A new law in California is a good helping low-income families stretch their food dollars in a healthy way. The California nutrition incentives act will leverage federal grants to provide a dollar for dollar match to people on the snap program who shop at farmers markets. The idea is to make fruits and vegetables more accessible to people struggling to afford food and provide a bigger market for local farmers. Recently spoke with two people who understand how significant this program can be. -- is president and CEO of the fair food network and -- is manager of the food security and community health program of the International Rescue Committee in San Diego. Here is an interview. San Diego has been using the form of the dollar for dollar match at farmers markets. How is this new legislation different? Is going to the market match programs like brush fund that have been around since 2009. We run these programs you are wearing a million heads and juggling jobs like a dministering, setting up the market and grant writing, fundraising and securing money. Having this legislation will help California farmers markets have one less job in terms of grant writing and fundraising all the time to secure that money for the market match. For a long time a lot of recipients of government food programs who were not perhaps always choosing the best news at the grocery stores and sometimes those whose were not available, how has opening up the program to market match at farmers markets changed that? I think what we've seen here with fresh market match program locally over the years is people do want fresh fruits and vegetables. Low income people do want it because it has been incredibly popular and in demand. I think it under -- it is not about choice, it's about the cost and the cost of fresh fruits and vegetables is so high especially compared to the surveillance about cheap a lot of processed foods are and a lot of the unhealthy foods. Just the popularity of this program shows the low-income people want and need more of the fresh fruit appealability in their communities and budgets. This new California law, AP 1321 how significant a move is that? I think it's a very significant move to see California, the largest agricultural state in the country with also a huge budget every year to pass this law. It means there is a recognition that healthy food incentives can be part of a healthy future for families and farmers in California. So the federal grant program requires funding from the public sector as well, do you see that as a challenge? What we're finding is setting up the food insecurity nutrition incentives federal programs as a public-private partnership is creating huge benefits. It's not solely a government program. It's not solely a program funded through charity and p hilanthropy. It's not solely a program funded through local government. It can be supported by all three which means this partnership brings everybody needs to be at the table around this issue to the table. Were defined that funds come from, nonprofits and charities? Most of the private funding for double a food box which is a program similar to market match we run in Michigan and about 13 other states, most of the funding comes from foundations. Private in family and community foundations. Tell us more about where you seen programs working well. We've seen double of food box and market match and other programs like it working well in both urban and rural c ommunities. In fact in Michigan where the program is in over 150 farmers markets across the state and about 25 grocery stores, it is growing faster in rural communities than in urban communities. We see it working across the board. When you have a program that helps families bring home more healthy foods while getting more money in the pocket of local farmers, keeping those who dollars in the local community and local economy is a win win and it is starting to work all over the country. I think probably now we should explain how this works. If somebody comes in with $20 worth of SNAP funds and part of this dollar for dollar match, what happens? What do they go home with with that $20? The match level varies depending on the market. Here in San Diego there are four market match programs. At the two might -- we are offering a $5 match. If they come with their $20 ready to spend we will swipe their card, give them $20 $20 in tokens and an additional $5 match for fresh fruit and vegetables at the market and they can come each week. There is no limit. At sand markers and Linda Vista markets, their market match is actually $10. The they can go home with $20 up fresh fruit and vegetables. They can spend 20 on the EBT and get an additional $10. About how many people are served by programs like this? Since 2000 and we served about 10,000 San Diego residents through the fresh food program. This year alone we are almost nearing 1000 at just the farmers markets. You mentioned there is a move to expand is beyond farmers markets. I understand you are involved in a pilot program in Northern California to put this in grocery stores. Correct. We have the double of food box program functioning in about 25 grocery stores in Michigan. About five grocery stores in Kansas City and in a conversation to bring that same model of double of food box is a pilot to some grocery stores in the San Jose area. Is there any resistance to this? We have found grocers like farmers are excited about this to serve the community with more portable fruits and vegetables while supporting will -- there are some challenges in terms of figuring out how to do the program in a grocery store. The setting in transaction process is different but no challenges that we are not able to meet and work with their grocers to get this program in place. Tell us about your organization, the fair food network, what is that? It is an organization started about six is ago and found it on a believe that vibrant local food systems can create health and economic opportunity for everybody in the community and especially important to match the ability of families in low income communities to access locally grown fruits and vegetables while at the same time supporting local farmers. So you see this as an overall economic engine for community? Absolutely. And economic engine for community creating jobs, creating more customer base for farmers but I also see it as a game changer in our food system. The largest single budget item in our federal food and agriculture budget is SNAP. It is about $75 billion a year and close at 80% of the federal dollars we spent in food and agriculture. I imagine what our food system and agriculture could look like if a small but significant part of those dollars were being spent on healthier food for families who needed and in the same dollar supporting local farmers and agriculture. It can really be a game changer and I'm so pleased we are starting to see the wild success with this program we are seeing in Michigan and in San Diego. What is your background in trying to make the country's food system more fair? It starts in California. I'm a native Californian. I started my career as an organic farmer in the Santa Cruz area. I was growing alfalfa sprouts as a business for most of the 70s in Northern California but then decided I needed to learn what agriculture outside of California, which is like its own country, I decided I needed to go to the Midwest were big agate soybean and corn country wise so I finished my undergrad education at UC Davis here in California and went to the University of Minnesota to do a doctorate in agronomy and plant genetics. I spent time in a great academic institution, Ms. Again state University -- Michigan State University and work at the WK Kellogg foundation helping to fund programs across the country trying to create a more vibrant local food systems. The first incentive program all of the programs we are talking about today, market match, fresh fund and double up food bucks was a program we supported at the Kellogg foundation at the crossroads farmers market in Maryland. I have seen this program from lots of angles. I am thrilled we now have federal funds and federal legislation to up supported and now California we actually have the kind of legislation that is going to help bring a bright future to this approach. You talk about California as being like a country unto itself in terms of agriculture, I think a lot of us don't really remember that would even have that on our radar screen about what a big agricultural state California actually is. I believe easy look at the agriculture economy in California it would rank as the fifth highest agriculture economy in the world. There are only four other countries that have a large egg economy. It's interesting sitting here now as a native Californian, California and Michigan are the states in the country with the most diverse agriculture. The only state that grows a greater diversity of crops then Michigan is California. As you know, being a native Californian and keeping up with us that we are in a drought and we are anticipating now a huge dump of rain from El Niño. As a farmer and agriculture expert, how do we protect our crops from these extreme read the conditions so there is not a shortage of supply either in farmers markets or anywhere e lse? This is not only happening in California. It may not be drought but it could be floods or hailstorms. Our climate scientists have been predicting for a while that as the atmosphere warms we will see more ferocious kinds of weather events. More extreme weather, whether it is drought or floods, it can be either or. Our belief at fair food network is one of the best ways to protect against these kinds of extreme weather events is to create a more vibrant local food system so we are not so dependent on so few places. We need to create diverse agriculture in may places, much more localized than it is now and that's the best way to mitigate the kinds of extreme climate events and weather events we know are coming. That's exactly with the IRC is doing right here? You had a farm here in the city Heights? Absolutely. The climate change is making everything more volatile but farming has always been risky because of pests and whether so is all important to be supporting farmers markets. The two farmers markets IRC operates have a significant about of refugee farmers that sell and grow their food literally in the backyard of the farmers market at community gardens and urban forms. They are great part of the market. The ethnic cultural diversity of the crops they bring in being up to support refugees and increase their income. Definitely $100 a market day which can be 40% of their total house could income per month. Having market match is also not just supporting healthy food consumption the beginning farmers from all over the world establish their lives but also create new farming farms. Since you have such a wealth of information in the refugees who come here and have been farmers in other places around the world, how is the prospect of El Niño, how are they taking the idea that they may be seeing quite a bit of rainfall this fall in winter in terms of the crops they are growing and how they are maintaining the farms? I think what we're dealing with is grappling with the increasing increase in water costs that creep coming year after year. This year -- are going to be increasing their water rates by almost 10%. For people who are working at the margins of poverty having a 20% increase in your water use and water rates can be significant. We are focused very much on water conservation. El Niño is really not going to put a dent in the four-year drought California has had. If anything it is going to provide more storm damage and more risk for farmers having to bear the cost of working on the land but long-term it really is what San Diego farmers have been doing which is on the cutting-edge of water conservation technologies and thinking about the best profitable crops for what it costs for them to grow. I want to thank you both for coming in and talking to us about this. -- is president and CEO of the fair food network and -- is manager of the food security and community health program of the International Rescue Committee in San Diego. Thanks very much. Thank you. Be sure to watch male evening edition at 5:00 and 6:30 tonight on KPBS television. Join us again tomorrow for discussions on midday edition right here on KPBS FM. I'm Maureen Cavanaugh, thank you for listening.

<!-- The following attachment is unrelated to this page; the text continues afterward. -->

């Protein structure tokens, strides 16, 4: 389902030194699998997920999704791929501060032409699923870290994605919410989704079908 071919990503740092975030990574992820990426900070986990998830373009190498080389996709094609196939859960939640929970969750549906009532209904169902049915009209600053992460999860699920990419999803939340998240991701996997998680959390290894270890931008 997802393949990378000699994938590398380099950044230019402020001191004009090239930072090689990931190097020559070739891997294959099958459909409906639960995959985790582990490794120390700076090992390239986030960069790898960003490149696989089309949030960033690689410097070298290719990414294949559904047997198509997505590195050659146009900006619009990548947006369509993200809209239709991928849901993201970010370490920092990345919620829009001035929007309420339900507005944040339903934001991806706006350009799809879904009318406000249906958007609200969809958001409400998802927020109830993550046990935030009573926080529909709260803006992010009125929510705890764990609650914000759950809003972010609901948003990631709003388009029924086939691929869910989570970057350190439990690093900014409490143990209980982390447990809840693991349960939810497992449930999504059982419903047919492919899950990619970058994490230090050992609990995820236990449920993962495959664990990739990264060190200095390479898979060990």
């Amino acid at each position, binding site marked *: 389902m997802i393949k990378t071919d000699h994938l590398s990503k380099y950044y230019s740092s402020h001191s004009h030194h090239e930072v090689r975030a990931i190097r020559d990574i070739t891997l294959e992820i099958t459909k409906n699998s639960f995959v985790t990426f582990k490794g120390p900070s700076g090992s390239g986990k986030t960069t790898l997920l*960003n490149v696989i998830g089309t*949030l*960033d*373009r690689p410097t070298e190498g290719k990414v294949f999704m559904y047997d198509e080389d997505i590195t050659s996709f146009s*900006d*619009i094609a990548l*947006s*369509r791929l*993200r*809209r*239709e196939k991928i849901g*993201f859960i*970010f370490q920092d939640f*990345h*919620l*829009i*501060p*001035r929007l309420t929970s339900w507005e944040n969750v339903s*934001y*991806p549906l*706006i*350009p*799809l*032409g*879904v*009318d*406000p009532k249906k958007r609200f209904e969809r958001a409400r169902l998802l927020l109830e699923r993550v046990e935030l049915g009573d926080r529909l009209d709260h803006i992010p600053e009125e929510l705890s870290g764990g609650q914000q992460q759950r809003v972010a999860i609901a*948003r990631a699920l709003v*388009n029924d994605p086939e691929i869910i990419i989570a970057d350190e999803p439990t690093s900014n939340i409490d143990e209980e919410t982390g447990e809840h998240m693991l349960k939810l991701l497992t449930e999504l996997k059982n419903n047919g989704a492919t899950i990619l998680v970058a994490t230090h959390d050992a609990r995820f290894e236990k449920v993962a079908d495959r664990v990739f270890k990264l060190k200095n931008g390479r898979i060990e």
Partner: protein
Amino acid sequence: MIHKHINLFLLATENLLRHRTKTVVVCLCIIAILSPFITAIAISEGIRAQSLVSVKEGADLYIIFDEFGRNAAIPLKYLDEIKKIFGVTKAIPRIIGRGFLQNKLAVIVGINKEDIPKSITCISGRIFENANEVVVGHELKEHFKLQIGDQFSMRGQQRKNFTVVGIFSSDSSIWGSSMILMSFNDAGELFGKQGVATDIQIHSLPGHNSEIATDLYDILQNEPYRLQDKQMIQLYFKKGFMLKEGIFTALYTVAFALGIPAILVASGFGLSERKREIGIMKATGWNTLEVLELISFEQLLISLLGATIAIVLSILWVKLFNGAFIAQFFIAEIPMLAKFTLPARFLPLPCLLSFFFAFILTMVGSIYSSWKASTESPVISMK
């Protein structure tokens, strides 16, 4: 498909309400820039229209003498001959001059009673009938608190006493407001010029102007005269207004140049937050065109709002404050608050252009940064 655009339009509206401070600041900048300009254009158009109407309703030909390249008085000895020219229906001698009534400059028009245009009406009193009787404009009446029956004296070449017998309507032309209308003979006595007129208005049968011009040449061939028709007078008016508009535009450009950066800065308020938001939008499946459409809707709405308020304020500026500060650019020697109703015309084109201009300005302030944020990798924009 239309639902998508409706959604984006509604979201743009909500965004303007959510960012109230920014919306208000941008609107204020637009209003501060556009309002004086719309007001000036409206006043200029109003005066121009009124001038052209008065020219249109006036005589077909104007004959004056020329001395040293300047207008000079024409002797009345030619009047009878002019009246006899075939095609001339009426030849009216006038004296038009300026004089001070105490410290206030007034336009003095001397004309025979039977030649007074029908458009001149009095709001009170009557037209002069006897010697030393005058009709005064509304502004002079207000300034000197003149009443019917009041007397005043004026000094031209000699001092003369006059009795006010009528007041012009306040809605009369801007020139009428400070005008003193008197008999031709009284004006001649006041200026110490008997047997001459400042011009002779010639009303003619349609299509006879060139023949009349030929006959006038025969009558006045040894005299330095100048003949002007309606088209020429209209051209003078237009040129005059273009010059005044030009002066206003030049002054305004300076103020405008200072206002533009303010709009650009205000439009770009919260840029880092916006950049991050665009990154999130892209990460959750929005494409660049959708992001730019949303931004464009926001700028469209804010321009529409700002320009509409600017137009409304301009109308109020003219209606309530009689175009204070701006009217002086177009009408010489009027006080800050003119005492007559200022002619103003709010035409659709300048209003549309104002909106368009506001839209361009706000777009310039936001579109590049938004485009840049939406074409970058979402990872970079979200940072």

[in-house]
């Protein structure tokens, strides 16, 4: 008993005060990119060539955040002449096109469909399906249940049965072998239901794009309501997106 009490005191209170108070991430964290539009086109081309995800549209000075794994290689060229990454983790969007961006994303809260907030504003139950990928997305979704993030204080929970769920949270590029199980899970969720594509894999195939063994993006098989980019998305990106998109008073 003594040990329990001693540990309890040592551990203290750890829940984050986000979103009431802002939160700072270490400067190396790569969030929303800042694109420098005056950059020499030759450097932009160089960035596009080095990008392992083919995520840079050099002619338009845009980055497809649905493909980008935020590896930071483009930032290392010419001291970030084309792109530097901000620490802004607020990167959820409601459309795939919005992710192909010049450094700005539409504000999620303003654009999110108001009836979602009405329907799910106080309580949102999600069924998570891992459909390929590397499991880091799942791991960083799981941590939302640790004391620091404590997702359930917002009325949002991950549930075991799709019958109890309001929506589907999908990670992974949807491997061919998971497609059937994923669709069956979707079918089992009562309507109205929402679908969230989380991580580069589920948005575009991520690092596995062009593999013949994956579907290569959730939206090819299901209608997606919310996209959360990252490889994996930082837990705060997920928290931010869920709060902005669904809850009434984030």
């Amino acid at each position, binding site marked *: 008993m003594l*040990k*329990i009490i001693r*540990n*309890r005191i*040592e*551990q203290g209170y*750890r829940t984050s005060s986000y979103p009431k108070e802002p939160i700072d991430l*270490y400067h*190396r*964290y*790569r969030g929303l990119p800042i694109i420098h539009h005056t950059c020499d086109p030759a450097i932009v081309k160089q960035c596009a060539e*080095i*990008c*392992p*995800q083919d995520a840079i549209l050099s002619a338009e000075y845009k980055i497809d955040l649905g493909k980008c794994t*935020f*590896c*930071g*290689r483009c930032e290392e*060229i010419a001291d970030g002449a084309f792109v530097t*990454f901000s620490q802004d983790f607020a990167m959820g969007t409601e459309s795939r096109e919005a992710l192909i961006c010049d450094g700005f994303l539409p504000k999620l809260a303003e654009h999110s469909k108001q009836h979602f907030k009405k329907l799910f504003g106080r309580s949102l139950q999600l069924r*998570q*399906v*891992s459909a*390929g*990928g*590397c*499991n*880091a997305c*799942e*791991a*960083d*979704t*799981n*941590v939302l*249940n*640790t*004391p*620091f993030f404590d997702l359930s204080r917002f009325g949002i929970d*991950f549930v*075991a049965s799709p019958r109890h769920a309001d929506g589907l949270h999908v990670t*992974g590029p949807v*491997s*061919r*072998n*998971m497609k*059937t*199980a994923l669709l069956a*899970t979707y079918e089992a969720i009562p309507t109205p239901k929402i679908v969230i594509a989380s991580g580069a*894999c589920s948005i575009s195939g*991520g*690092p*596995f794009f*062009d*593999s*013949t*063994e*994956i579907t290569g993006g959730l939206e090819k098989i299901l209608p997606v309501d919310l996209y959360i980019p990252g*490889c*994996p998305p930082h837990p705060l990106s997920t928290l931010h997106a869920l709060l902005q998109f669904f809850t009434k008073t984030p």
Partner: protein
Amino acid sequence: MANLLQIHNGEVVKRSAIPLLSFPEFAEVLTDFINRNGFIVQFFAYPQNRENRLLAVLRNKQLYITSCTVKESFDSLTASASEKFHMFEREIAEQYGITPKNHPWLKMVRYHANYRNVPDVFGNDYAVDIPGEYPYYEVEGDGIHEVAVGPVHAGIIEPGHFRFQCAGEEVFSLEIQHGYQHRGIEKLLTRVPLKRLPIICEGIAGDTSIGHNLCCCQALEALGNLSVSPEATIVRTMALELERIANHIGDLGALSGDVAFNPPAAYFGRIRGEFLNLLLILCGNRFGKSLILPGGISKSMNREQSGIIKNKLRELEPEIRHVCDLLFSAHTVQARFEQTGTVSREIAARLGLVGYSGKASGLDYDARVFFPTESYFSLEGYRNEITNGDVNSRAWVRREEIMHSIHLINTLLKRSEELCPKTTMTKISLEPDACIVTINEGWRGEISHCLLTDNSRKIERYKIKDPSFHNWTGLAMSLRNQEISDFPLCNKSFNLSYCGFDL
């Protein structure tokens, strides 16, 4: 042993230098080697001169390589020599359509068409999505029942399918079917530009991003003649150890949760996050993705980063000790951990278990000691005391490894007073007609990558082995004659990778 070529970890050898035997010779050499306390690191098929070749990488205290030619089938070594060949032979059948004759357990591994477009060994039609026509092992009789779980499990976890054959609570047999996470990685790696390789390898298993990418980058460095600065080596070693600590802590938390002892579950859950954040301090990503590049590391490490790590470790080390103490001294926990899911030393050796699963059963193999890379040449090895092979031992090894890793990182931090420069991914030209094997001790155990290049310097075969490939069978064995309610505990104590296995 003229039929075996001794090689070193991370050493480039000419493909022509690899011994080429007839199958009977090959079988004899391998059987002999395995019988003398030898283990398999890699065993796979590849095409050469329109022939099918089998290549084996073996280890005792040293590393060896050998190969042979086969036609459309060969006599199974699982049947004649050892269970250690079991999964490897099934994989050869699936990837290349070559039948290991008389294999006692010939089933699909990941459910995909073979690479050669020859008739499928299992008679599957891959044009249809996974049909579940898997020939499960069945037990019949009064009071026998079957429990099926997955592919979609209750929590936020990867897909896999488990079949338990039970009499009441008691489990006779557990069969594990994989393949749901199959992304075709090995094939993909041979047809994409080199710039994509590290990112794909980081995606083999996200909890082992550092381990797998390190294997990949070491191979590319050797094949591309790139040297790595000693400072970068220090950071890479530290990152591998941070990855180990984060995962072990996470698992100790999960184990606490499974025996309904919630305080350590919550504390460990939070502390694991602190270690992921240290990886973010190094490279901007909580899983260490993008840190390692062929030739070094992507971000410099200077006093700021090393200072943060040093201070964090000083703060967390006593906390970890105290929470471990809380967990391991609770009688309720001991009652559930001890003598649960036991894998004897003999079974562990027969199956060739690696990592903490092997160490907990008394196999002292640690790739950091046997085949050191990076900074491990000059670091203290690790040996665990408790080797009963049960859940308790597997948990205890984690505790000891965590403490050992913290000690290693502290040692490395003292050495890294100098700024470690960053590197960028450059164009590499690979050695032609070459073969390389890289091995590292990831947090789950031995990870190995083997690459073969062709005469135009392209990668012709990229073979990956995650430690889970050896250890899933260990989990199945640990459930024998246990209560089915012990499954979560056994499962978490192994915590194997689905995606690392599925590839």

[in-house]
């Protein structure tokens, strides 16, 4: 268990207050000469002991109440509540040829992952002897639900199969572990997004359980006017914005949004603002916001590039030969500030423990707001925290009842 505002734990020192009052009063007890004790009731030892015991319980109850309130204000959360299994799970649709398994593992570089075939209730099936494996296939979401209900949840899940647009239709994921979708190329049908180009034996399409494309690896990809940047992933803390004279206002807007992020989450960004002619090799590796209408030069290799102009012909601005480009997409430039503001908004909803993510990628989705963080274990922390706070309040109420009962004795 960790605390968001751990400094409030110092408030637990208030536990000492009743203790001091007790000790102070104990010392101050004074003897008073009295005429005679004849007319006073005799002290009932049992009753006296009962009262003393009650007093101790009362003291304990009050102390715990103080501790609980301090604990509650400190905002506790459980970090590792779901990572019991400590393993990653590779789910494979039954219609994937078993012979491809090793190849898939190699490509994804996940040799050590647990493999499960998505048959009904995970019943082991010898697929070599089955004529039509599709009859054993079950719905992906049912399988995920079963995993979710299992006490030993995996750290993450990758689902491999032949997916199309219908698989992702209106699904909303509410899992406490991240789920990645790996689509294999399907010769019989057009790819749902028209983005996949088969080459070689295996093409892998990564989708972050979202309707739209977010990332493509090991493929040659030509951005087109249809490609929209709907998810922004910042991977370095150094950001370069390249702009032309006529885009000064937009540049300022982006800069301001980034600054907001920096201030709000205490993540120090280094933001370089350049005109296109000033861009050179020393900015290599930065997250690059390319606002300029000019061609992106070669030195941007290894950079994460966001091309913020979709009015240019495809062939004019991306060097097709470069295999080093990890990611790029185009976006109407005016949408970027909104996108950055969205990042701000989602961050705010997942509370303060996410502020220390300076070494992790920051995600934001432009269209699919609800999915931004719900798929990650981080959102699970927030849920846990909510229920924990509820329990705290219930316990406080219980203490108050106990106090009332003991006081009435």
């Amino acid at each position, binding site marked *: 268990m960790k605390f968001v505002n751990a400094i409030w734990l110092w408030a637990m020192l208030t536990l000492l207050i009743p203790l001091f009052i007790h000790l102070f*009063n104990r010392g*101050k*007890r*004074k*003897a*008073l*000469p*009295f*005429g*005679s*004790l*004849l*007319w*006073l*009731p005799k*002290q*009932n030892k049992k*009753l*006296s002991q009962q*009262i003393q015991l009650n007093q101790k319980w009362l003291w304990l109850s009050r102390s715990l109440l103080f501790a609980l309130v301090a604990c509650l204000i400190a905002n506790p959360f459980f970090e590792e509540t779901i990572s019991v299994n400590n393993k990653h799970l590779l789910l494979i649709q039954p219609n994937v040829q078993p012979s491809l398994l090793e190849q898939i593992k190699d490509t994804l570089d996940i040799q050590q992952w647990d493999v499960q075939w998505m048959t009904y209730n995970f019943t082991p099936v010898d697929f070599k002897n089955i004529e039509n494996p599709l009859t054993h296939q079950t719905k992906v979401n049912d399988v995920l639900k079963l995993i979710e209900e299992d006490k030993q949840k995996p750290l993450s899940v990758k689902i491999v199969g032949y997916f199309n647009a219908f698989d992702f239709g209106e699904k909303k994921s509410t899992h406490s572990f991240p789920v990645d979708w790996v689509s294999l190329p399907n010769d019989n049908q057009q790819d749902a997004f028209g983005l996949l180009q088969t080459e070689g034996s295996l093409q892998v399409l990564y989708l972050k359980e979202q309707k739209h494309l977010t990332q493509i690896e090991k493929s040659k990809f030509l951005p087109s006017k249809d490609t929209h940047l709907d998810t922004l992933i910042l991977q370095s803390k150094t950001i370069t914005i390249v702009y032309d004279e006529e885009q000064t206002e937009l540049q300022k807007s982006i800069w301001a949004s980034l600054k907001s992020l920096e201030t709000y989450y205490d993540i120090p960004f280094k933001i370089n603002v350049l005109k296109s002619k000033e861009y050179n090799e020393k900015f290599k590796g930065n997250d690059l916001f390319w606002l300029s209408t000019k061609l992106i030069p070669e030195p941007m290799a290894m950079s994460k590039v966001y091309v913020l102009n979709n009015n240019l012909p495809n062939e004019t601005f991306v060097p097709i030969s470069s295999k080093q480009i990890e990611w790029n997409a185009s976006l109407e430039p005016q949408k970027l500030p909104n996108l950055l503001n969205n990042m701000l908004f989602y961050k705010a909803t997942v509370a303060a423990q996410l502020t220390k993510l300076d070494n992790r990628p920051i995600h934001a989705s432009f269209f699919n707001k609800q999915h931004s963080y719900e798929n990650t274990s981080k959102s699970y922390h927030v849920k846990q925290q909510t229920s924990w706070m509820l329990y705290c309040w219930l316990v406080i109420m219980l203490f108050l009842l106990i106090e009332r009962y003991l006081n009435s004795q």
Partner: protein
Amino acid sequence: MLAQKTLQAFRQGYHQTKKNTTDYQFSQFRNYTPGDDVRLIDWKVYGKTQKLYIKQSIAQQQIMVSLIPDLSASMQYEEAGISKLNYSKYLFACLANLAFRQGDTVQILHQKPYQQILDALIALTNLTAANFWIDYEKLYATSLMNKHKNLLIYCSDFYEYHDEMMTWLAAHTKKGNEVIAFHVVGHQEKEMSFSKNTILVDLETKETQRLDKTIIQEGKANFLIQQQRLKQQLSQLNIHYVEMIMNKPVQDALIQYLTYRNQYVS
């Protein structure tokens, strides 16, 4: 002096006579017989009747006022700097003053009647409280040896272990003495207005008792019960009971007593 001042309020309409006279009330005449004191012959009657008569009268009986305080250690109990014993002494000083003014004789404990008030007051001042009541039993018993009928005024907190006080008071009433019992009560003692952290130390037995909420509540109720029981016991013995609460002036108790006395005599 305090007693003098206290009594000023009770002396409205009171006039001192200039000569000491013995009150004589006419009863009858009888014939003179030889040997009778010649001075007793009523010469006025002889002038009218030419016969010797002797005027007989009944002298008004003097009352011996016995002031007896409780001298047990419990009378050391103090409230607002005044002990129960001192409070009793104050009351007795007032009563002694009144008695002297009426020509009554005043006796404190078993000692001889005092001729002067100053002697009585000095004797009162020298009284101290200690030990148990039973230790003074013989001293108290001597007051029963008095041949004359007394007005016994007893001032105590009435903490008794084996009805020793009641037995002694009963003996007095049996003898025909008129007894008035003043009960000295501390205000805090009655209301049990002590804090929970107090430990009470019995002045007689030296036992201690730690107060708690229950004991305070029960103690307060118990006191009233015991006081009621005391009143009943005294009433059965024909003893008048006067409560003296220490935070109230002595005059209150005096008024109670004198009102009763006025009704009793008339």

A new California law will help low-income families stretch their food dollars with healthy food choices and support farmers by expanding their markets.

The California Nutrition Incentives Act will leverage federal grants to provide a dollar-for-dollar match to people who shop at farmers markets and who are on the Supplemental Nutrition Assistance Program.

San Diego already has some similar programs like Fresh Fund, but this law will make it easier for farmers markets, said Anchi Mei, manager of Food Security and Community Health at the International Rescue Committee in San Diego.

"Low income people do want fresh fruits and vegetables," she said. "It's not about choice, it's about the cost, and the cost of fresh fruits and vegetables is just so high."

The popularity of existing programs shows the desire low-income shoppers have for fresh produce, she said.

Since 2009, the Fresh Fund program has served 10,000 San Diegans, she said. This year, the program is nearing 1,000 residents.

Fair Food Network president Oran Hesterman started the Double-Up-Food-Bucks program in Michigan and said its public-private partnership model works well. The same model will be used in California.

Hesterman, also the author of "Fair Food: Growing a Healthy, Sustainable Food System for All," is now working to expand it to grocery stores across the county.

"We have found that grocers, like farmers, are really excited about this," he said.